As someone who dealed a bit with print design in the past, I consider CMYK colors the easiest color system for humen to understand and manipulate. It’s very similar to what we used as children, when mixing watercolors for our drawings. It makes perfect sense, more than HSL and definately more than RGB. I understand that most of us are so accustomed to using RGB that can’t realise that, but try to think for a moment: Which color system would make more sense to you if you had no idea and no experience at all with any of them?
If you are following the current news on web development, you probably heard that the new Safari 4 has a great feature: It natively allows the user to select multiple files via a single input control, if you specify a value for the attribute
<input type="file" multiple>
or, in XHTML:
<input type="file" multiple="multiple" />
You might not know that Opera supported multiple file uploads for a while now, based on the earlier Web Forms 2.0 standard in a slightly different (and more flexible) format:
<input type="file" min="1" max="9999″ />
I used to take pride in my short, bulletproof and elegant String and Number type checks:
// Check whether obj is a Number obj + 0 === obj // Check whether obj is a String obj + '' === obj
I always thought that apart from being short and elegant, they should be faster.
However, some quick tests gave me a cold slap in the face and proved my assertion to be entirely false.
You probably know about Firebug Lite, but this either requires you to already have the bookmarklet, or include the script in the page. Although Firebug Lite is a great tool for more in depth debugging, it can be tedious for simple tasks (eg. “What’s the value of that property?”).
Fortunately, there is a simpler way.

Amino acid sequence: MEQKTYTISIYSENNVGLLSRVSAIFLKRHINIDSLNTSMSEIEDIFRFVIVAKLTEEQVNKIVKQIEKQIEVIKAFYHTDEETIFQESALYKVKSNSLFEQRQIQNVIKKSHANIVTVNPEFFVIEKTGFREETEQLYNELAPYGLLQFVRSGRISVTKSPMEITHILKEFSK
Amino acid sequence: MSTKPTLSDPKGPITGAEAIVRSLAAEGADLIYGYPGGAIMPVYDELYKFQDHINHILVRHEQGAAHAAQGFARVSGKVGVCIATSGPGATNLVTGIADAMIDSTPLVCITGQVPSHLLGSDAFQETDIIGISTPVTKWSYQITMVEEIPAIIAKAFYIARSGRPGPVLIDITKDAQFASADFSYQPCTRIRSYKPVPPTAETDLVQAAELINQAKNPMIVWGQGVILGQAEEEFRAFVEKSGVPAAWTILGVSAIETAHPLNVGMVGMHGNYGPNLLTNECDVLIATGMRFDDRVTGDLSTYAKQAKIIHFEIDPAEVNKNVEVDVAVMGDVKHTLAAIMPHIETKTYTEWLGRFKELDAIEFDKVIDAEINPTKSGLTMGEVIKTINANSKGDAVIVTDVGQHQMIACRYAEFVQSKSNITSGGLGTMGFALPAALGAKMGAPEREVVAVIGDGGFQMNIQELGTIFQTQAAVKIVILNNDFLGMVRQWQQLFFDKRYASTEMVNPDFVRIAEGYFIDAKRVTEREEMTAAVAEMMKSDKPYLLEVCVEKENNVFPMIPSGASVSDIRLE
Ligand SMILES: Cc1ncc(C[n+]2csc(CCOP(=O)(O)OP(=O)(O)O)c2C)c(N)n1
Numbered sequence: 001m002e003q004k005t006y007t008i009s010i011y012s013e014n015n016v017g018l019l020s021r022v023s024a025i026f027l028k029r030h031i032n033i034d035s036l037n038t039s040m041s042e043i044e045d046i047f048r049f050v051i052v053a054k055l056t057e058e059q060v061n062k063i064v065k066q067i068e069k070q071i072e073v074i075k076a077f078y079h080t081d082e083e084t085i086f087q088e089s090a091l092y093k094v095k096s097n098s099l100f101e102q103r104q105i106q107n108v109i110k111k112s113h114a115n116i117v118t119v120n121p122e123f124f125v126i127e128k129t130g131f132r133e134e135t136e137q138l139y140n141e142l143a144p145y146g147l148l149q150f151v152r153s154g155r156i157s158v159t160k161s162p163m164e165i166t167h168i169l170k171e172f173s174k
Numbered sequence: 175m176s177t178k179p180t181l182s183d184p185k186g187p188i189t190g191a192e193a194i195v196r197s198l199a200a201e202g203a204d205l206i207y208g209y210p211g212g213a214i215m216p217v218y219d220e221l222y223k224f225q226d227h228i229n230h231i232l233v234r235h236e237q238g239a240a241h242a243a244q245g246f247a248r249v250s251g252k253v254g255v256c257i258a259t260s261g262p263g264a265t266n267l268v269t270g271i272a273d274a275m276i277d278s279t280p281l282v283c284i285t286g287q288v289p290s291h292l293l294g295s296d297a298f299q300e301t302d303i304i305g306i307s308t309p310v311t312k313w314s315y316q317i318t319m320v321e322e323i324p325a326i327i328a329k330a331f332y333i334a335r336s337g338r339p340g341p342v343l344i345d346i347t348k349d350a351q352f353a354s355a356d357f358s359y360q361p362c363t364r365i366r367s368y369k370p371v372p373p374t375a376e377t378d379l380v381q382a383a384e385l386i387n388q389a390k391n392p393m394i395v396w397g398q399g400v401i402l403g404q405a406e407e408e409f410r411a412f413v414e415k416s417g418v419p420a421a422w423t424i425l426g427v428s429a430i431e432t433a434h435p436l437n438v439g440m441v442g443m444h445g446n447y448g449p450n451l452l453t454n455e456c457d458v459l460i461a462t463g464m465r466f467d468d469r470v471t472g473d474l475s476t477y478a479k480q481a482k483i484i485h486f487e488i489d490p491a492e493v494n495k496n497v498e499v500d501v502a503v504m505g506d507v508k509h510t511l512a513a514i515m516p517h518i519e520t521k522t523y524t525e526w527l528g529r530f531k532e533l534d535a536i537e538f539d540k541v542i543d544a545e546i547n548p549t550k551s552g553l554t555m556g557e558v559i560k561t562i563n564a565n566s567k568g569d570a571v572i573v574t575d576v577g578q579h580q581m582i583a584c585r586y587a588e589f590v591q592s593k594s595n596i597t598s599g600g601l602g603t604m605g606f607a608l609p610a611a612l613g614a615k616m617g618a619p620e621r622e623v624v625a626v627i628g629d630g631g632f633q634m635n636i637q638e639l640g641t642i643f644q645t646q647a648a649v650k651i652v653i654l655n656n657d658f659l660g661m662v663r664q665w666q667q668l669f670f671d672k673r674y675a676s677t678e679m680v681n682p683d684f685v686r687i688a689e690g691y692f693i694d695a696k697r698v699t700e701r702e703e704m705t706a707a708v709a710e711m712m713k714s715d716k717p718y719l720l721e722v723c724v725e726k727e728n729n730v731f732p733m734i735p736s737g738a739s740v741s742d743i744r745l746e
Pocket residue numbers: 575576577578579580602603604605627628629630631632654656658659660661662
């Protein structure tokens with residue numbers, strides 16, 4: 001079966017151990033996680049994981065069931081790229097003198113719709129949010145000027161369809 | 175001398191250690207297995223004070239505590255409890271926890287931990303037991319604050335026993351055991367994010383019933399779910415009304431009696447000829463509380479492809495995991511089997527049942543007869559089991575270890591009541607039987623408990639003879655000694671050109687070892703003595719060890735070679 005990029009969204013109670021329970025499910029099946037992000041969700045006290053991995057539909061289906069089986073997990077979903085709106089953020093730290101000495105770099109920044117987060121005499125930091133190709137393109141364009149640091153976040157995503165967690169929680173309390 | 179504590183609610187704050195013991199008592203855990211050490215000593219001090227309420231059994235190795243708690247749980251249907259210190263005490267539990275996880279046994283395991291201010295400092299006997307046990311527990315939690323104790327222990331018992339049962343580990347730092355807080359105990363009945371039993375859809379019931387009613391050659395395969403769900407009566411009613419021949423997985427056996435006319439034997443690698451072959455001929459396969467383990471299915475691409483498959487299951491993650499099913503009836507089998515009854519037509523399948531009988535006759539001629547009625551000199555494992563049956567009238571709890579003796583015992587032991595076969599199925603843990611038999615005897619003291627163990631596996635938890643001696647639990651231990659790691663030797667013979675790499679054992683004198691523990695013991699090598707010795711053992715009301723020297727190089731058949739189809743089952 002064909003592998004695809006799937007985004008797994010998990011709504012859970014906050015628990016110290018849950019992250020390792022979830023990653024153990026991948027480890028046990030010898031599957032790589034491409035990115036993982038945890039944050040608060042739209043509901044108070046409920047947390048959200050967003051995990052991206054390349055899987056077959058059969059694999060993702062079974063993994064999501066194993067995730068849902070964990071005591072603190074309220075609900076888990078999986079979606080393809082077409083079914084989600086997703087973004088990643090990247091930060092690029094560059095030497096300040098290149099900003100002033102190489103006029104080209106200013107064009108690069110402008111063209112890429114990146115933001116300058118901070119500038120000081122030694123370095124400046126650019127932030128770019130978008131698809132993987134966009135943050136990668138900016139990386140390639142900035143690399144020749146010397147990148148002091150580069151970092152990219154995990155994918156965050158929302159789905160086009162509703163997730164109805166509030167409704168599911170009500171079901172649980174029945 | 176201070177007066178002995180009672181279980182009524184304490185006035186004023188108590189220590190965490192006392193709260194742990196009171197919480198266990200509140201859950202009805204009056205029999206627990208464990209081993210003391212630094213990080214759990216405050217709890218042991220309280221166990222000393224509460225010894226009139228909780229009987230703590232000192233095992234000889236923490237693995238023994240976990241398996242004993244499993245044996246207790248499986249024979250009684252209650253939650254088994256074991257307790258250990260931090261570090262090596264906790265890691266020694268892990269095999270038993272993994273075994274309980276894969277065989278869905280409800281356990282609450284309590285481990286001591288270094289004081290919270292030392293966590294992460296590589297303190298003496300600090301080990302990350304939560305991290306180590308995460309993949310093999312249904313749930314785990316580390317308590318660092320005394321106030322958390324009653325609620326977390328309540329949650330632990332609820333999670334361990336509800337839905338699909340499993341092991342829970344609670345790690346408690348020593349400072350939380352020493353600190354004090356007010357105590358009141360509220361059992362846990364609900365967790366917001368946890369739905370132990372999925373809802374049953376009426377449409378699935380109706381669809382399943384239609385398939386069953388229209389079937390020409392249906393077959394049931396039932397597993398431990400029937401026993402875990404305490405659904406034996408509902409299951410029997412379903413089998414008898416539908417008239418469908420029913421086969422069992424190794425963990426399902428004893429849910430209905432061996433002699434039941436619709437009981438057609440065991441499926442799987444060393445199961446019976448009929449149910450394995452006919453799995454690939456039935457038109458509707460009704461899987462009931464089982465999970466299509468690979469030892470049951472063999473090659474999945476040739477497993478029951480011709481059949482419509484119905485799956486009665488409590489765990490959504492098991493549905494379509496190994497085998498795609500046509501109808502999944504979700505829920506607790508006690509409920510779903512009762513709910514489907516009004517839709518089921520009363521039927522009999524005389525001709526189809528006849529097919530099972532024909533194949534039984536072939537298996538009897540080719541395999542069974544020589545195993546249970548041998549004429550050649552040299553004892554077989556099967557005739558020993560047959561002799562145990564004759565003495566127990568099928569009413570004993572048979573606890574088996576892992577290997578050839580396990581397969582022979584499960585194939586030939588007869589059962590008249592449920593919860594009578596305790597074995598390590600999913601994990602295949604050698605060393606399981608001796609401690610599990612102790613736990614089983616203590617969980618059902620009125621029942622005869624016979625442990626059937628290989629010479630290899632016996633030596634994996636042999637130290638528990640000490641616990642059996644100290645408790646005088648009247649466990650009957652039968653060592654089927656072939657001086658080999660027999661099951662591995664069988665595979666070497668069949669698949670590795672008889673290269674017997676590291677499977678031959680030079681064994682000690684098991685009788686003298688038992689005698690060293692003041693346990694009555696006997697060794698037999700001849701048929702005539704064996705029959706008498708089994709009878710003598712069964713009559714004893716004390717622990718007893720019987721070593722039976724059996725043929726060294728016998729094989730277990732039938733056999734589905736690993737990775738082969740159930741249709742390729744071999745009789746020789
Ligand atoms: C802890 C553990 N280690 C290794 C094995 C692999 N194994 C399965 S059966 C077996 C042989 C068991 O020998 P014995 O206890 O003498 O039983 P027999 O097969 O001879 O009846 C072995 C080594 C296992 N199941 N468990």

Recently, PPK stated that he hates Google Chrome’s automatic updates. I disagree. In fact, I think that all browser vendors should enforce automatic updates as violently as Google Chrome does. There should be no option to disable them. For anybody.
UPDATE: New version
First of all, happy Valentine’s day for yersterday. 🙂 This is the second part of my “Using CSS3 today” series. This article discusses current RGBA browser support and ways to use RGBA backgrounds in non-supporting browsers. Bonus gift: A PHP script of mine that creates fallback 1-pixel images on the fly that allow you to easily utilize RGBA backgrounds in any browser that can support png transparency. In addition, the images created are forced to be cached by the client and they are saved on the server’s hard drive for higher performance.
As you probably know already, when browsers implement an experimental or proprietary CSS property, they prefix it with their “vendor prefix”, so that 1) it doesn’t collide with other properties and 2) you can choose whether to use it or not in that particular browser, since it’s support might be wrong or incomplete.
Instead of iterating over all possible vendor prefixes every time to test if a prefixed version of a specific property is supported, we can create a function that returns the current browser’s prefix and caches the result, so that no redundant iterations are performed afterwards. How can we create such a function though?